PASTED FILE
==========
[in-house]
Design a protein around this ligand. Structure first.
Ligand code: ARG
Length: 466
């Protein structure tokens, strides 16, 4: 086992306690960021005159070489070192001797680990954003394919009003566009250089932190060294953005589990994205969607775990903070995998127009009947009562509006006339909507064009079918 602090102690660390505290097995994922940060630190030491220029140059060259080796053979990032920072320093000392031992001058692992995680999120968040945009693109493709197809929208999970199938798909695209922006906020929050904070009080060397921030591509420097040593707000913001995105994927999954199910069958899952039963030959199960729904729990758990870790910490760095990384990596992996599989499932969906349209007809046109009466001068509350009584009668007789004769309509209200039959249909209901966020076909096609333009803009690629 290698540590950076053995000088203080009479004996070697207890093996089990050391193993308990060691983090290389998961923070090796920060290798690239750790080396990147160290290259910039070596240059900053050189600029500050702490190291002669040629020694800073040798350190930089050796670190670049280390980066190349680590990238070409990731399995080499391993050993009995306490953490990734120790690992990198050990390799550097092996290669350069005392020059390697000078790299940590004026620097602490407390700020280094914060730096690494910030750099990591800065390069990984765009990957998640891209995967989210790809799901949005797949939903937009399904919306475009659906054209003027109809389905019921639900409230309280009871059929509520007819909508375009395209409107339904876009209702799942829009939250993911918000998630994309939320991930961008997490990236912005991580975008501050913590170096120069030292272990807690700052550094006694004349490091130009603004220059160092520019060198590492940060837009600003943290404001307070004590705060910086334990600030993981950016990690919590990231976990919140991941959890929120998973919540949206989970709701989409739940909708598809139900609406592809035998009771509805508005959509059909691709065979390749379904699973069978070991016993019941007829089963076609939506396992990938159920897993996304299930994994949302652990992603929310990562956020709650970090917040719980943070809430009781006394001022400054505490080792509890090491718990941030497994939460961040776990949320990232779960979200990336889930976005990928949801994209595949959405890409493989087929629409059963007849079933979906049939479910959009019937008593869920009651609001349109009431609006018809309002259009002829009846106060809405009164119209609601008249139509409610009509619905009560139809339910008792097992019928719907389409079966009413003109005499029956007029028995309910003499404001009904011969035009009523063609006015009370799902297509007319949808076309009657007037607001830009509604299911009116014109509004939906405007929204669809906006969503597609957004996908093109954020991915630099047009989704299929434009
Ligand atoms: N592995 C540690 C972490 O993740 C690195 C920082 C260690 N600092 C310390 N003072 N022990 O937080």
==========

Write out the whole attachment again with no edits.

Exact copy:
[in-house]
Design a protein around this ligand. Structure first.
Ligand code: ARG
Length: 466
């Protein structure tokens, strides 16, 4: 086992306690960021005159070489070192001797680990954003394919009003566009250089932190060294953005589990994205969607775990903070995998127009009947009562509006006339909507064009079918 602090102690660390505290097995994922940060630190030491220029140059060259080796053979990032920072320093000392031992001058692992995680999120968040945009693109493709197809929208999970199938798909695209922006906020929050904070009080060397921030591509420097040593707000913001995105994927999954199910069958899952039963030959199960729904729990758990870790910490760095990384990596992996599989499932969906349209007809046109009466001068509350009584009668007789004769309509209200039959249909209901966020076909096609333009803009690629 290698540590950076053995000088203080009479004996070697207890093996089990050391193993308990060691983090290389998961923070090796920060290798690239750790080396990147160290290259910039070596240059900053050189600029500050702490190291002669040629020694800073040798350190930089050796670190670049280390980066190349680590990238070409990731399995080499391993050993009995306490953490990734120790690992990198050990390799550097092996290669350069005392020059390697000078790299940590004026620097602490407390700020280094914060730096690494910030750099990591800065390069990984765009990957998640891209995967989210790809799901949005797949939903937009399904919306475009659906054209003027109809389905019921639900409230309280009871059929509520007819909508375009395209409107339904876009209702799942829009939250993911918000998630994309939320991930961008997490990236912005991580975008501050913590170096120069030292272990807690700052550094006694004349490091130009603004220059160092520019060198590492940060837009600003943290404001307070004590705060910086334990600030993981950016990690919590990231976990919140991941959890929120998973919540949206989970709701989409739940909708598809139900609406592809035998009771509805508005959509059909691709065979390749379904699973069978070991016993019941007829089963076609939506396992990938159920897993996304299930994994949302652990992603929310990562956020709650970090917040719980943070809430009781006394001022400054505490080792509890090491718990941030497994939460961040776990949320990232779960979200990336889930976005990928949801994209595949959405890409493989087929629409059963007849079933979906049939479910959009019937008593869920009651609001349109009431609006018809309002259009002829009846106060809405009164119209609601008249139509409610009509619905009560139809339910008792097992019928719907389409079966009413003109005499029956007029028995309910003499404001009904011969035009009523063609006015009370799902297509007319949808076309009657007037607001830009509604299911009116014109509004939906405007929204669809906006969503597609957004996908093109954020991915630099047009989704299929434009
Ligand atoms: N592995 C540690 C972490 O993740 C690195 C920082 C260690 N600092 C310390 N003072 N022990 O937080």